Wednesday, September 24, 2014

History Lesson: Welcome to Sarajevo

It started like this..... last night with the Middle Offspring:

"Dad, why did America get involved in WWI?"

"Well, Germany sunk our ships."

"And why was that?"

"Because Britain was our trading partner."

"And why was that?"

"Because Britain declared war on Germany."

"And why was that?"
 

"Because Germany declared war on Belgium."
 

"And why was that?"
 

"Because Germany wanted to invade France."
 

"And why was that?"

"Because France declared war on Germany."


"And why was that?" 

"Because Germany declared war on Russia."
 

"And why was that?"
 

"Because Russia declared war on Austria."
 

"And why was that?"
 

"Because Austria declared war on Serbia."
 

"And why was that?"
 

"Because Serbia hired a nihilistic teenager with a gun to shoot the Austrian heir to the throne."
 

"And why was that?"
 

"Beats the shit out of me, son...."

* * *


It all started with a car ride--which should never have been taken.

The guy in the silly hat and his wife, shown here, are about to get into a car. The purpose of the trip was to visit certain individuals who had been wounded in an assassination attempt while riding in another car an hour earlier.

Bad idea.


The big bang that followed reverberates to this day.

I have been to Sarajevo. In the summer of Y2K I was a peacekeeper (some would say 'war tourist') in Bosnia, and went to see the spot of the assassination in Sarajevo.

Here we are outside of the Old Town, our backs to a structure now called by its original name, the Latinska Bridge.....


As I take this next photograph I am standing on the very spot where the horror story called The Twentieth Century began. As best as I can, my feet are in the very position of those of Gavrilo Prinzip, who shot the Archduke and Sophie.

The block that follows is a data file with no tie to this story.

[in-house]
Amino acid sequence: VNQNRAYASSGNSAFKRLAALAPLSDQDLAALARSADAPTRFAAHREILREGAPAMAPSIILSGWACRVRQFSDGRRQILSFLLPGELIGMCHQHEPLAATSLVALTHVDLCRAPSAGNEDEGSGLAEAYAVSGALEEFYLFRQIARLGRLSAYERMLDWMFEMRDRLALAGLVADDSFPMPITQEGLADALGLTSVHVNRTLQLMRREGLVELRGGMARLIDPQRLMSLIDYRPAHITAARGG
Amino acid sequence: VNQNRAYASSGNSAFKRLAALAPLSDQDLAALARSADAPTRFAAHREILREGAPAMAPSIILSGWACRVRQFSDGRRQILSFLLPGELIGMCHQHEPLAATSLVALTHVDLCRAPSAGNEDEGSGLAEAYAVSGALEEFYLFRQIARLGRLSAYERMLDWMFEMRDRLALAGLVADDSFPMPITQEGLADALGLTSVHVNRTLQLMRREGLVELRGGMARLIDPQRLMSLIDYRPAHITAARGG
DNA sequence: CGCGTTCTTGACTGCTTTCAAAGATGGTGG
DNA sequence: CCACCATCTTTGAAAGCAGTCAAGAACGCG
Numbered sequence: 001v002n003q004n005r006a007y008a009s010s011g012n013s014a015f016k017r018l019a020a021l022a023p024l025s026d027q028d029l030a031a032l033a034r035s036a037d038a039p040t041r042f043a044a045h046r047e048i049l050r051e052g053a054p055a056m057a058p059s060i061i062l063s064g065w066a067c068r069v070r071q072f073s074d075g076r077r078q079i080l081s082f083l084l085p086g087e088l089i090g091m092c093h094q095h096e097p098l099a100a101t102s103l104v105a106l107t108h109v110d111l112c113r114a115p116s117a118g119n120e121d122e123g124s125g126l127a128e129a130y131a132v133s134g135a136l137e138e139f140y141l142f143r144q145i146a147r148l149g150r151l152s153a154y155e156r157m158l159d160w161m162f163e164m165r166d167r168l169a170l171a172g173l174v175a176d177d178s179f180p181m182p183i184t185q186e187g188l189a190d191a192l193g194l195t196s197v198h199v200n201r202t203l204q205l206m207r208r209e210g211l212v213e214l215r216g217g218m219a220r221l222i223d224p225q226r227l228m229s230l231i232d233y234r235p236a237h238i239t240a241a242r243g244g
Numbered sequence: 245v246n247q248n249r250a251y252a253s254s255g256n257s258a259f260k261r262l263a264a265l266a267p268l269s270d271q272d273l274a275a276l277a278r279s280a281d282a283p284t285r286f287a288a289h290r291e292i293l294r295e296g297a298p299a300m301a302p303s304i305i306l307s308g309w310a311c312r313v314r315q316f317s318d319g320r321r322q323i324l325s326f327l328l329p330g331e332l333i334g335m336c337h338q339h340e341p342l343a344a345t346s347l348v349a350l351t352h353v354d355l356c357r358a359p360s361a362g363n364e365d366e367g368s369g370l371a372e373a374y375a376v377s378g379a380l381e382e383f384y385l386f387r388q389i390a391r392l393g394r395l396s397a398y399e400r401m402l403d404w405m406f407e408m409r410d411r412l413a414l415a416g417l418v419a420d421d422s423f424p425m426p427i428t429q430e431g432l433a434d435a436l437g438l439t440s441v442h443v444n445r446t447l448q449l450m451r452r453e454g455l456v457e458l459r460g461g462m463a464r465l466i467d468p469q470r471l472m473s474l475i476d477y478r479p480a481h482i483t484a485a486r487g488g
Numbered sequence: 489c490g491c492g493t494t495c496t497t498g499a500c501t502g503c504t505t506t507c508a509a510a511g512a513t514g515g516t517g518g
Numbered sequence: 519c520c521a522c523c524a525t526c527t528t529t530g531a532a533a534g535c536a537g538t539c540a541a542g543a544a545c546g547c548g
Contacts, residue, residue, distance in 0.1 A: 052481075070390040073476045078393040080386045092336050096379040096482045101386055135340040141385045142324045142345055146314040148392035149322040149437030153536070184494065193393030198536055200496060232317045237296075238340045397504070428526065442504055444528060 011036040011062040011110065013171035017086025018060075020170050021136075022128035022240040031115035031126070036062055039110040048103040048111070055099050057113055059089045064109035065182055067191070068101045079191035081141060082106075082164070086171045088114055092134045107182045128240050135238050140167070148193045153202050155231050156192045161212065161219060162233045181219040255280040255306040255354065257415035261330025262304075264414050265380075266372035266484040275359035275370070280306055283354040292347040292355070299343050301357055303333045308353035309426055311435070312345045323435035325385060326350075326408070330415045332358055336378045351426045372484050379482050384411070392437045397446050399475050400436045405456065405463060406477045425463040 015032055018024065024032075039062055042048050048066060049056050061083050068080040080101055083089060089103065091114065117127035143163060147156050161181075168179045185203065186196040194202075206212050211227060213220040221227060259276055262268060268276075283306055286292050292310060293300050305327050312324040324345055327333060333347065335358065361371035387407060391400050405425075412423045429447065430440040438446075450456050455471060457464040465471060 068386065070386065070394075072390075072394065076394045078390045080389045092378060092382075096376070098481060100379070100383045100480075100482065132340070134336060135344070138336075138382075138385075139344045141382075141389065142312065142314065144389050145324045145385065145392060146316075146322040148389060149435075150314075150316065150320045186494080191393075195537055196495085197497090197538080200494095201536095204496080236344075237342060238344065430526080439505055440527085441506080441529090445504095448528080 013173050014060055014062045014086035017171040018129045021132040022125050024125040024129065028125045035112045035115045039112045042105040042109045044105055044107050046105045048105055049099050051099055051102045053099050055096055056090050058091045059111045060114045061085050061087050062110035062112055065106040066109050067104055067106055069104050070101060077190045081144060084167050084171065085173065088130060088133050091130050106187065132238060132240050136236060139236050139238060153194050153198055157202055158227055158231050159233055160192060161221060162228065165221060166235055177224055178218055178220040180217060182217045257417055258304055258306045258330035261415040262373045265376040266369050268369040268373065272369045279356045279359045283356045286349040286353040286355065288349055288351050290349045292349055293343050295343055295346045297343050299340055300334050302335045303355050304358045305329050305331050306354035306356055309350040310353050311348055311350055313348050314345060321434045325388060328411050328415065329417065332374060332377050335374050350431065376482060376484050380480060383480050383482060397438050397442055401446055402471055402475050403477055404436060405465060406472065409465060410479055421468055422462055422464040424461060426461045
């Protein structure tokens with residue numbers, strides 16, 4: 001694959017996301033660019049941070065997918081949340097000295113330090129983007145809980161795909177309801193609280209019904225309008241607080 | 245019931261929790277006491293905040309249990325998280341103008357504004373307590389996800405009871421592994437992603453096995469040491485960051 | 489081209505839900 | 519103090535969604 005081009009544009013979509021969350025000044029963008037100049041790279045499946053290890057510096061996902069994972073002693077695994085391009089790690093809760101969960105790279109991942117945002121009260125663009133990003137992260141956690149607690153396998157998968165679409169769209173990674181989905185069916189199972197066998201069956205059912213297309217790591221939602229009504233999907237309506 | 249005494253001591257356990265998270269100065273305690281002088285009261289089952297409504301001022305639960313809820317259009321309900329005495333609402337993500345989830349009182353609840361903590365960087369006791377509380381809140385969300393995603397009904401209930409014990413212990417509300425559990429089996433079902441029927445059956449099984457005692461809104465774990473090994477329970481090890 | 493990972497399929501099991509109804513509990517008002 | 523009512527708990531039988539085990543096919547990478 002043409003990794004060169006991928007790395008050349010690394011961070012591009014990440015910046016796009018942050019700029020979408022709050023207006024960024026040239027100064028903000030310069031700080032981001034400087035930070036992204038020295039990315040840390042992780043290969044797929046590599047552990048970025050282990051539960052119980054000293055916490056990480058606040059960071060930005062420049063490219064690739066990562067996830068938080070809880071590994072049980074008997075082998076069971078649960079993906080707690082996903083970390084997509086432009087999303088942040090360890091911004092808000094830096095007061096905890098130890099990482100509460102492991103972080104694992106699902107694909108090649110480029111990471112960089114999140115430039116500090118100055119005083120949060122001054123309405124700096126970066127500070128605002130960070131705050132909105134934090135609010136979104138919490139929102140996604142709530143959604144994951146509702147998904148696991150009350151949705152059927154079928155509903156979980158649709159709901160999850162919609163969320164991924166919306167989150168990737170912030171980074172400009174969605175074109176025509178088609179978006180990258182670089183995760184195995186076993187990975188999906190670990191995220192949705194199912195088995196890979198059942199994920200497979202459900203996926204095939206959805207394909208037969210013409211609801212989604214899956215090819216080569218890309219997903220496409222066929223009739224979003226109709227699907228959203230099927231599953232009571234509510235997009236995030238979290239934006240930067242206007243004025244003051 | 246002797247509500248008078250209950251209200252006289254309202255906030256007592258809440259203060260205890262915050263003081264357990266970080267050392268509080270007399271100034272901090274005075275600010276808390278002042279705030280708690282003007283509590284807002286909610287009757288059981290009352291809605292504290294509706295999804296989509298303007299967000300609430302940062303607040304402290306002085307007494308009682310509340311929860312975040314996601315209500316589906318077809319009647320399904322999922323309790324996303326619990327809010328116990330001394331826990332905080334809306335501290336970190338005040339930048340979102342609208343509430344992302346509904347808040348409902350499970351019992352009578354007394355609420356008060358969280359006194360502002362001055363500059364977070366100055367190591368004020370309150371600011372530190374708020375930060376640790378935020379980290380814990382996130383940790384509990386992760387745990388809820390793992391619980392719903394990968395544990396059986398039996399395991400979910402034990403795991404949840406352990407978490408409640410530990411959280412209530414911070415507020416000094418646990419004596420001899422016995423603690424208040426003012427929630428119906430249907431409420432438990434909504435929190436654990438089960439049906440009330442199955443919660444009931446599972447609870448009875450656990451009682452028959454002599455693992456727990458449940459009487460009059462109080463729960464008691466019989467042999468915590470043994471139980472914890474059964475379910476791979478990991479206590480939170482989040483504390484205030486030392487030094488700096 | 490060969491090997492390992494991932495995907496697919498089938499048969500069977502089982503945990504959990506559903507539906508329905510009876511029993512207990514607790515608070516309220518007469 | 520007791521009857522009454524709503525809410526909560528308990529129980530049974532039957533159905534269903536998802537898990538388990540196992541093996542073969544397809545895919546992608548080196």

A contemporary wood cut of the assassination. Both died within minutes.


She was pregnant..... aside from the unborn child, they left three children under the age of ten.

(Sophie was three times a countess and twice a duchess; but that wasn't royal enough for the Hapsburgs; not only could her children not succeed to the throne, but they would not even bury her in the same royal tomb as her husband.)

These white bricks replaced the former memorial to the assassin. Yes, they actually honored him with a monument. It read, "In honored memory of Gavrilo Prinzip, who freed his country on this spot, June 28, 1914." The white stones replaced the memorial in 1999. The memorial was removed to a Serb section of the city. As it is, after suffering three year of Serbian artillery fire, the city felt free of the need to honor a Serbian fanatic.


(The spot has since been made much more 'touristy' for the centennial. I prefer this.....)
 
I like this next picture much better--not because of the bridge, however. The bridge was actually renamed the Prinzip Bridge! (Imagine getting a book at the Oswald Depository or seeing Our American Cousin at the Booth Theater!). Anyway, I like the picture much better because of Jasmina Spahic, our tour guide--now Jasmina Hansen of Texas, now an American citizen and a mom!  (Yes, kiddo, this one is for you!).


Our other tour guide, whose name, alas I no longer remember. Latinska Bridge is clearly visible here.


I don't revere assassins. I can't name a single one--other than Caligula's, maybe--that EVER did ANYTHING to improve things. (I have heard Prinzip called "The Serb Washington" or compared to Klaus von Stauffenberg. Horsehockey. Washington never shot pregnant women. And I hardly see the Archduke as Hitler.)

Let me respectfully note one other person in this scenario: one Dragutin Dimitrijevic, AKA Apis, who had organized the assassination. He also assassinated the Serb king Alexander Obramovic and his wife Draga, making him a most rare criminal--a quadruple regicide. But he wasn't executed for those crimes, but for plotting the assassination of the next Serbian king, Peter I.* One must give credit where credit is due. It takes a certain Olympian level of bloodthirst to do such a thing....

But anyway. When these pictures were taken, it was eleven years after the fall of the Berlin Wall, eight years after the collapse of the Soviet Union, and all was well in the world (outside of Bosnia, of course).

What we thought were breezes on the wind were the Cheyne-Stokes breathing of a world about to die.

We had no idea.

None. 

Any more than Franz Ferdinand and Sophie.

Alas.



===

*"Good afternoon and welcome to Regicides Anonymous. My name is Apis, and I am a regicide." "Hi Apis!" :/

2 comments:

  1. No, it's not "Hi, Apis." It's "Et tu, Apis?" I believe the group was started by a Brutus W.

    (I crack me up.)

    ReplyDelete
  2. Dear site pest: you won't find your pro-BS (Bosnian Serb) rant posted here. Begone.

    ReplyDelete

Keep it clean for gene.